During battles, gameplay changes slightly. Generals may use a “Jammer Flash," which turns all Pokémon into silhouettes for a short time. This effect can be counteracted with a Trozei. Generals may also use Jammer Balls, placing them in the field from the top or side, or by swapping a Pokémon for it. Jammer Balls can only be removed by lining them up with a Ditto. Trozeis stun the generals for a short time, during which they will not attack. One of the more frustrating things done by generals is increasing the Remaining Pokémon meter when nearing completion of the level, thus extending the game.

A serious attempt was made at multiplayer mode. In Trozei Battle, players play the game normally, and completing Trozeis sends Pokémon from one player’s set to the other player. Whoever’s screen fills up with Pokémon first loses. Completing battles allows players to increase their “Agent Rank." In Pair Trozei, players again play the game normally, but play together to reach a high score. Completing Trozeis on one DS reduces the number of types of Pokémon on the other DS, thus making the game easier. Some rare Pokémon are found only in multiplayer mode, making play essential for 100% completion.

Pokémon Trozei also supports download play. Friends without the game, but with a DS can download Pokémon Trozei Mini, a demo version of the game that includes multiplayer capabilities. An improved transmission system over previous DS games allows simultaneous distribution of Pokémon Trozei Mini to several DSes. The game will also notify you if it finds other DSes in Pictochat mode, and will allow you to reboot into Pictochat so that you can tell friends to enter download mode in order to send them the game.

Not much about the game has a real Pokémon feel, as even the art and music are quite different from the standard Pokémon fare. However, thanks to the Pokédex, one of the core aspects of Pokémon, “gotta catch ‘em all," is still present and provides some replay incentive. For puzzle game fans, Pokémon Trozei is a great addition to the genre. Pokémon Trozei should be available from DS download kiosks, so I would highly recommend that you try it out.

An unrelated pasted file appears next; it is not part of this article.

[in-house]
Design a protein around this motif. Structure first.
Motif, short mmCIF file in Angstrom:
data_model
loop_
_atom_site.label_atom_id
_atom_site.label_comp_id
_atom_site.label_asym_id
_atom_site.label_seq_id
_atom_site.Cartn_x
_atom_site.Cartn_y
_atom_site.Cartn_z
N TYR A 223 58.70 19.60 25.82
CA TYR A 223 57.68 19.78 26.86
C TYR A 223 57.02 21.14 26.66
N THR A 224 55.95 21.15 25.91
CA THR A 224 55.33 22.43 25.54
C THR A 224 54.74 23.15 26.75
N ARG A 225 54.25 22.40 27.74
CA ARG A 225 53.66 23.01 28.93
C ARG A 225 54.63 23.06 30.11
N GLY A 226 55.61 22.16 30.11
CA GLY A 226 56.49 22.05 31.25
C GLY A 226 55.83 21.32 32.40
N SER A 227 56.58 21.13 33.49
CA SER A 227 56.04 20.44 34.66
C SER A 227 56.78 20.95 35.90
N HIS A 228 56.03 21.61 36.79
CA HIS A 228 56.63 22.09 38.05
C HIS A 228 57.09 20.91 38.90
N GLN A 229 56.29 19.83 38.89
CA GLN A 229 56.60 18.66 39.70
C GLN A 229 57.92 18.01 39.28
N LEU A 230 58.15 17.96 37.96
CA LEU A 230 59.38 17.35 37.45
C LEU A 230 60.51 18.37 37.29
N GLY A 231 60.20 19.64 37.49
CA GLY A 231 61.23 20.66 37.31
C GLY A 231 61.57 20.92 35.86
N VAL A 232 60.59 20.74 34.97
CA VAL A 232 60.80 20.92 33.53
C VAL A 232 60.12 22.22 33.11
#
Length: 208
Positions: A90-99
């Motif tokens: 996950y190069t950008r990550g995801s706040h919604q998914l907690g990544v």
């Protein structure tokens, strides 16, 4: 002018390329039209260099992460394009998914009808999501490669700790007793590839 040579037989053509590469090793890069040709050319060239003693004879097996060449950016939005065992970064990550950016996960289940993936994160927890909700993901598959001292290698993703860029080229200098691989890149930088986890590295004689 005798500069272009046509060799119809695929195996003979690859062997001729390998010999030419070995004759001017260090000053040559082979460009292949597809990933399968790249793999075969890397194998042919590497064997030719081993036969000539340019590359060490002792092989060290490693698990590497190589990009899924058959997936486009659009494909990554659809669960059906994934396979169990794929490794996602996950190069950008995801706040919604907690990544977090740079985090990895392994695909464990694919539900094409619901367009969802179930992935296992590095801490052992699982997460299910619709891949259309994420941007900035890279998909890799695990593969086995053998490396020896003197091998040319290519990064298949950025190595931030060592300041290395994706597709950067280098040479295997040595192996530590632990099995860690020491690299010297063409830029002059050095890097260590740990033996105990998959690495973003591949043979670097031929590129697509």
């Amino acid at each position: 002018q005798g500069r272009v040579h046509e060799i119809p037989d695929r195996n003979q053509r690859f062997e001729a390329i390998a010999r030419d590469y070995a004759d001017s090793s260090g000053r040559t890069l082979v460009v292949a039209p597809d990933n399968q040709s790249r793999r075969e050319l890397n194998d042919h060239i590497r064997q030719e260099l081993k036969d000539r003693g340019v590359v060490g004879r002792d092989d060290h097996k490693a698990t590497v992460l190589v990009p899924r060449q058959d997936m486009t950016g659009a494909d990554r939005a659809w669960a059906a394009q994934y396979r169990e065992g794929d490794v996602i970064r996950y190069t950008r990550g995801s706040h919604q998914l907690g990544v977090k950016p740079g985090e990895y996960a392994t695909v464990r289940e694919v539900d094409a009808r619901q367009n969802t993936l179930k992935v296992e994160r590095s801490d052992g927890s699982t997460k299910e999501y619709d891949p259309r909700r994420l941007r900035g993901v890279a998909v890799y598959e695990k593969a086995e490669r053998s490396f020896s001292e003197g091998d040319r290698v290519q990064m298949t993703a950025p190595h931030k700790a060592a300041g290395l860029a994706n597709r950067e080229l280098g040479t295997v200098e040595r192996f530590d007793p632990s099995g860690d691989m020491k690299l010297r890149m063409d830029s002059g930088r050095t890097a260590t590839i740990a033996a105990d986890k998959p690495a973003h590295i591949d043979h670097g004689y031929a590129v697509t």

Graphics Sound Control Gameplay Lastability Final
6.5 6.5 10 8 8 8

The game features an art style unlike any previous Pokémon game. The cutscenes have a similar design to Gennady Tartakovsky cartoons such as Dexter’s Laboratory and Star Wars: Clone Wars. In-game graphics feature simple ball-shaped sprite renditions of each Pokémon. There’s nothing very fancy here, but that’s not terribly surprising given that it is a puzzle game.


The music has a very moody style, well suited to the art style of the game. The varied music sets a good pace to each level, becoming more intense as the player nears failure. The tunes are somewhat catchy, though quite simple, and they may become repetitious after a little while.


It’s hard to mess up control in a puzzle game, but the touch screen makes control very intuitive and precise. This game is perfectly suited for the Nintendo DS.


While I can’t help but compare this game to a plethora of other puzzle titles, the gameplay itself is still quite original and fun. There is a great satisfaction in watching the entire field of Pokémon collapse in sequence.


A puzzle game by nature has a lot of replay value since you can always try for a higher score. Pokémon Trozei has gone a step above the standard with its Pokédex. Full completion of the game will require players to catch all 386 Pokémon, not an easy task.


Pokémon Trozei is simply a great puzzle game both for casual and serious play. While it may not be remembered in the same way as Tetris and Dr. Mario, Pokémon Trozei brings enough to deserve its own seat at the table.


  • Download play
  • Fun and addictive
  • Several single and multiplayer modes
  • Doesn't feel like a real Pokémon game
Review Page 2: Conclusion


KDR_11kMarch 30, 2006

The word “Trozei" is probably inspired by the term “Tetris." In both cases, the word was made up

Um, wasn't Tetris just Russian for four? Or at least a close derivative thereof?

darknight06March 31, 2006

Tetris was derived from the word Tetra, which in Russian is four.

KDR_11kMarch 31, 2006

Wikipedia says that yes, it's derived from tetra, but that's not Russian, it's Greek.

No, tetra is not Russian for four, it is Greek.

Apparently you guys don't actually know any Russian. The word for "four" is "chetira", roughly transliterated. The actual spelling is ?????? but I don't know if the forums will support Cyrillic. (Edit: Apparently not.)

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Pokémon Trozei! Box Art

Genre Puzzle
Developer Genius Sonority
Players1 - 2

Worldwide Releases

na: Pokémon Trozei!
Release Mar 06, 2006
jpn: Pokémon Torouze
Release Oct 20, 2005
RatingAll Ages
eu: Pokémon Link
Release May 05, 2006
aus: Pokémon Trozei!
Release Mar 30, 2006